- Miguel Tinker Salas
professor of Latin American history at Pomona College. His forthcoming book is Venezuela: What Everyone Needs to Know.
- Mark Weisbrot
co-director of the Center for Economic and Policy Research and president of Just Foreign Policy. His article in The Hill is headlined "Obama Could Face Disastrous Summit Due to Venezuela Sanctions."
President Obama has arrived in Panama to attend the Summit of the Americas along with other leaders from Canada, Central America, South America, the Caribbean — and for the first time, Cuba. On Thursday, Obama announced the State Department has finished its review of whether Cuba should be removed from the list of state sponsors of terrorism. The move would allow the two countries to reopen their embassies and move forward on historic efforts to normalize relations that were announced in December. Meanwhile, the United States faces other tensions at the summit over its recent sanctions against Cuba’s close ally, Venezuela. An executive order signed by President Obama last month used the designation to sanction top Venezuelan officials over alleged human rights abuses and corruption. This week, the United States announced it no longer considers the country a national security threat. Other topics expected to be on the summit’s agenda include trade, security and migration. We speak with two guests: Miguel Tinker Salas, professor of Latin American history at Pomona College and author of the new book, "Venezuela: What Everyone Needs to Know," and Mark Weisbrot, co-director of the Center for Economic and Policy Research and president of Just Foreign Policy. His article in The Hill is headlined "Obama Could Face Disastrous Summit Due to Venezuela Sanctions."
JUAN GONZÁLEZ: We move now to the Summit of the Americas. President Obama has arrived in Panama to attend the Summit of the Americas along with other leaders from Canada, Central America, South America, the Caribbean—and for the first time, Cuba. Obama and Cuban President Raul Castro are reportedly due to meet informally at the summit, making this the first time presidents from the two countries have sat down since President Eisenhower met with Cuban President [Batista].
Meanwhile, on Thursday, Obama announced the State Department has finished its review of whether Cuba should be removed from the list of state sponsors of terrorism, but said he would wait to act until receiving final recommendations from White House advisers. He could make that announcement at the summit. Congress would then have 45 days to decide whether to override it. The move allows the two countries to reopen their embassies and move forward on historic efforts to normalize relations that were announced in December.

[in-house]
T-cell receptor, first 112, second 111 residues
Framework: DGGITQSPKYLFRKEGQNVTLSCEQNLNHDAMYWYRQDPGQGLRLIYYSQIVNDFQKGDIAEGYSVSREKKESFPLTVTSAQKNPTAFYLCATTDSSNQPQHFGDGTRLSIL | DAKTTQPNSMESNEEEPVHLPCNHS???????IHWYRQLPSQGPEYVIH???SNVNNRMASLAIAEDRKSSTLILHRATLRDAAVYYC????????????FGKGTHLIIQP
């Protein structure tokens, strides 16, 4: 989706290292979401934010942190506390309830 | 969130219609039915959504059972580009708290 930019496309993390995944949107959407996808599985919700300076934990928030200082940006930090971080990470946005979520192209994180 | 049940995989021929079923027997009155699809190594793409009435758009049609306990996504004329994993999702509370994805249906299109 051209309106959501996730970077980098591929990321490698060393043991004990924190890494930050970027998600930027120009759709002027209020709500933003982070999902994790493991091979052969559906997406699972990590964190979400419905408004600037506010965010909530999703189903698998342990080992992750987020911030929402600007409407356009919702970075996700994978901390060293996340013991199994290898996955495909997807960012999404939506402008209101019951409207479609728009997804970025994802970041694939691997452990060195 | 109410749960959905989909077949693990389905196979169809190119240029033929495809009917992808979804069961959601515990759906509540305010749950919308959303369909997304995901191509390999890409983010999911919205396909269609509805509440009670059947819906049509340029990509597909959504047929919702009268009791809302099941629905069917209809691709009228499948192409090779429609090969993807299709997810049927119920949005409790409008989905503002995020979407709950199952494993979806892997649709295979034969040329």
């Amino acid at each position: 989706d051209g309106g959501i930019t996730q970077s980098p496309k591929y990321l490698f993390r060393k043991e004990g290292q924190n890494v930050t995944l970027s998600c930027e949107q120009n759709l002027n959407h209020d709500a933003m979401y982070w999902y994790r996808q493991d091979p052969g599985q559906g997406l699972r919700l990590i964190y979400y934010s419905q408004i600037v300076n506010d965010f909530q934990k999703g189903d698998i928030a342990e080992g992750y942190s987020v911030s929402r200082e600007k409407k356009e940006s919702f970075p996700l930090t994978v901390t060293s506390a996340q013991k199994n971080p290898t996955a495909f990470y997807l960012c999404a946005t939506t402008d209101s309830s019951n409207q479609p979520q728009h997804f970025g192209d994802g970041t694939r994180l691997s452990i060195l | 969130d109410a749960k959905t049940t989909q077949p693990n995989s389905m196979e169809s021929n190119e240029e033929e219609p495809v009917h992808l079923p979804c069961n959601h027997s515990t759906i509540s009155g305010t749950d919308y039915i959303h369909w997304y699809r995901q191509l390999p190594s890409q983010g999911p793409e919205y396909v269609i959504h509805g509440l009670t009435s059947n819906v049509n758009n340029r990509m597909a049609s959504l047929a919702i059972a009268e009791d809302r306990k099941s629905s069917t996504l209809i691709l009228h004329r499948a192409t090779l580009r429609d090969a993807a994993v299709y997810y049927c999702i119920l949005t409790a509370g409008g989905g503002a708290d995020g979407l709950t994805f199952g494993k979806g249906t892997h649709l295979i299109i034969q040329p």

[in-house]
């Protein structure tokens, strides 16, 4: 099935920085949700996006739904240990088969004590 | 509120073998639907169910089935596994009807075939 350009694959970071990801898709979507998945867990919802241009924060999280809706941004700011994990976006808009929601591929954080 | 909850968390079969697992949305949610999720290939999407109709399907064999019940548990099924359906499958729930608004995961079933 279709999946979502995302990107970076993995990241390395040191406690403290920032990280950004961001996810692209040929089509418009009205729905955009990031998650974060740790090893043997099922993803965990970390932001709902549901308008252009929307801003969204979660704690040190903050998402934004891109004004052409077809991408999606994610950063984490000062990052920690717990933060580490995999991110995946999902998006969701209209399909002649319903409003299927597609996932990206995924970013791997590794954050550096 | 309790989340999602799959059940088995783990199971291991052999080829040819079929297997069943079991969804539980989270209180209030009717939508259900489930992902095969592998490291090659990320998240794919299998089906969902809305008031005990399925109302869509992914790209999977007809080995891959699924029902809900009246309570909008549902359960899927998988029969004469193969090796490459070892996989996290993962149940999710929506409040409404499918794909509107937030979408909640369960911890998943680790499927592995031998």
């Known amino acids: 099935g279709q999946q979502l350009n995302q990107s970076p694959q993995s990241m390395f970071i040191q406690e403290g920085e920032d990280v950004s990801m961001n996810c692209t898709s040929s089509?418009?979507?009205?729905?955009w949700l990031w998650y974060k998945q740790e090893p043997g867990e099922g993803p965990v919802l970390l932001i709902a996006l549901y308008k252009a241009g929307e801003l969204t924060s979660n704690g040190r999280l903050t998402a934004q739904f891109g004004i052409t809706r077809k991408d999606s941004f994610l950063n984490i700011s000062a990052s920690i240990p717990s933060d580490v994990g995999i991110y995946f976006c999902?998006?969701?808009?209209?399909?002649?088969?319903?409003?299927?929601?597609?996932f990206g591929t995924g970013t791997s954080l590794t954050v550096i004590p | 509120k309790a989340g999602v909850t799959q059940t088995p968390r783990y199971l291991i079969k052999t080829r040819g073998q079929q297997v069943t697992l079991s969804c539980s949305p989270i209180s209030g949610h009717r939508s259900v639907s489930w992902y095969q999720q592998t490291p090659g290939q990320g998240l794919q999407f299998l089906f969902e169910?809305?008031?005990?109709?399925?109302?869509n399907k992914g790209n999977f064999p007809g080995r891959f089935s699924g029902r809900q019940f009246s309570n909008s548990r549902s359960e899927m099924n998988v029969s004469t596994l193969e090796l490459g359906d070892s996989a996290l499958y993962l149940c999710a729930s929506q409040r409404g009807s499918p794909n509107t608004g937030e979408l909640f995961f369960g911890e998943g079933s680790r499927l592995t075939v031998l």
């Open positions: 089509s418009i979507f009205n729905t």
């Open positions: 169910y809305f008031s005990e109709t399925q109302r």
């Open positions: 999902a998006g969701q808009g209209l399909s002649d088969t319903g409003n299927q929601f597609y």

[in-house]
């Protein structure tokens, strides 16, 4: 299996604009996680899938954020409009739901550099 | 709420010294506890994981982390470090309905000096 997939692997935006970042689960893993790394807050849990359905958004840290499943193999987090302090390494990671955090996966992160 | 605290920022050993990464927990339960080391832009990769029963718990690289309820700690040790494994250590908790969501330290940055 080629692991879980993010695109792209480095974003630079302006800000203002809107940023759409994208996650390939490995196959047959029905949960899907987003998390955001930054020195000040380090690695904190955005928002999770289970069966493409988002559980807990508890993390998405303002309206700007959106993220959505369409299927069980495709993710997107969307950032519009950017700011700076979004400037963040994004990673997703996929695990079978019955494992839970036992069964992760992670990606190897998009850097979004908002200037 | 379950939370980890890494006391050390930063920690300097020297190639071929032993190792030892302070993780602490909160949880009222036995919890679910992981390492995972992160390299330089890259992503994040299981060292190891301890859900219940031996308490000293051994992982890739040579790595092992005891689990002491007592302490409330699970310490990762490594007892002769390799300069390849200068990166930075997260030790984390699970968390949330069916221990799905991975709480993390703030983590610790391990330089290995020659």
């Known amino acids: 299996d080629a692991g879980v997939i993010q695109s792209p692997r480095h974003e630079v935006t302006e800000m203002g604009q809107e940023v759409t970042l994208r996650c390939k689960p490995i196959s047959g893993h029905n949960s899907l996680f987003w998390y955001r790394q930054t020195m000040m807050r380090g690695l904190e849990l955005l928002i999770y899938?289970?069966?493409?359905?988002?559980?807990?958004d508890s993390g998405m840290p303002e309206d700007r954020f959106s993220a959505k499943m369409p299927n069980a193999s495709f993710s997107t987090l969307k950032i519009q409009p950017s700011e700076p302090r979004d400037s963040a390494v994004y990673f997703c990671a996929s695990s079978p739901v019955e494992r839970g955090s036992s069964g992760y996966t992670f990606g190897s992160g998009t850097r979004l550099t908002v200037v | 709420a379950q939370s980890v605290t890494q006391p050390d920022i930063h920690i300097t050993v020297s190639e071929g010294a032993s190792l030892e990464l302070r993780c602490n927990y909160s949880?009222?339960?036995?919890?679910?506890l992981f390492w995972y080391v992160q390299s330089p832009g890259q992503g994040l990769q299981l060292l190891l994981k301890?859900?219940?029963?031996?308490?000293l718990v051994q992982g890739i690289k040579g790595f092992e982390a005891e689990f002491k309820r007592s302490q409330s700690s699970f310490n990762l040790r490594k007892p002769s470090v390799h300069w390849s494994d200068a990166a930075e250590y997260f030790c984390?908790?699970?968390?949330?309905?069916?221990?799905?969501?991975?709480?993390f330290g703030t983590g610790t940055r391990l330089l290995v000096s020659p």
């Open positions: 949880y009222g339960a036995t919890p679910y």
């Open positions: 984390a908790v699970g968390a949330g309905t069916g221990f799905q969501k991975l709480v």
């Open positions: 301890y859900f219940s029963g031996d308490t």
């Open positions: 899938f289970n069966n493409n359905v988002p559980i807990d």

AMY GOODMAN: Meanwhile, the U.S. faces other tensions at the summit over its recent sanctions against Cuba’s close ally, Venezuela. An executive order signed by President Obama last month used the designation to sanction top Venezuelan officials over alleged human rights abuses and corruption. This week, the U.S. announced it’s backing off its move deeming the country a national security threat. In an interview with EFE News, Obama sought to tone down the confrontation, saying, quote, "We do not believe that Venezuela poses a threat to the United States, nor does the United States threaten the Venezuelan government," he said. Venezuelan President Nicolás Maduro responded on Thursday.
PRESIDENT NICOLÁS MADURO: [translated] We may be able to say that the statements given today by President Barack Hussein Obama could open a door to start a new era of relations among Venezuela and a free and sovereign Latin America and the empire of the United States. It could happen.
AMY GOODMAN: Meanwhile, fights broke out ahead of the summit Wednesday when anti-Castro Cuban demonstrators tried to lay flowers at a bust of Cuban patriarch José Martí near the Cuban Embassy in Panama City and were confronted by a group of pro-Castro activists. Cuban delegates also protested over reports that former CIA-backed paramilitary officer Félix Rodríguez, who was sent to kill Che Guevara in Bolivia in 1967, was meeting with opposition groups in Panama City. The last picture taken of Che Guevara still alive in October 1967 shows Rodríguez standing on his left. Elsewhere, pro-Venezuela protesters rallied.
PRO-VENEZUELA PROTESTER: [translated] What we are also defending is the right of free determination for the people. To us, it seems a big disrespect for a citizen of one country to come to mine to conspire against another delegation in the middle of a summit. I wouldn’t do it.
AMY GOODMAN: We are going to go to break, and when we come back, we’ll be joined by two people talking about the significance of this Summit of the Americas.
JUAN GONZÁLEZ: And yeah, and, Amy, I just wanted to correct, on that lede in, when I mentioned the last meeting of an American president was with Fulgencio Batista, of Eisenhower with Fulgencio Batista, not with Fidel Castro.
AMY GOODMAN: We’ll be back on the story of the OAS summit in a moment.
JUAN GONZÁLEZ: Topics expected to be on the agenda at the Summit of the Americas, as it gets underway, include trade, security and migration. Panama’s president, Juan Carlos Varela, called on the heads of state to put aside their differences.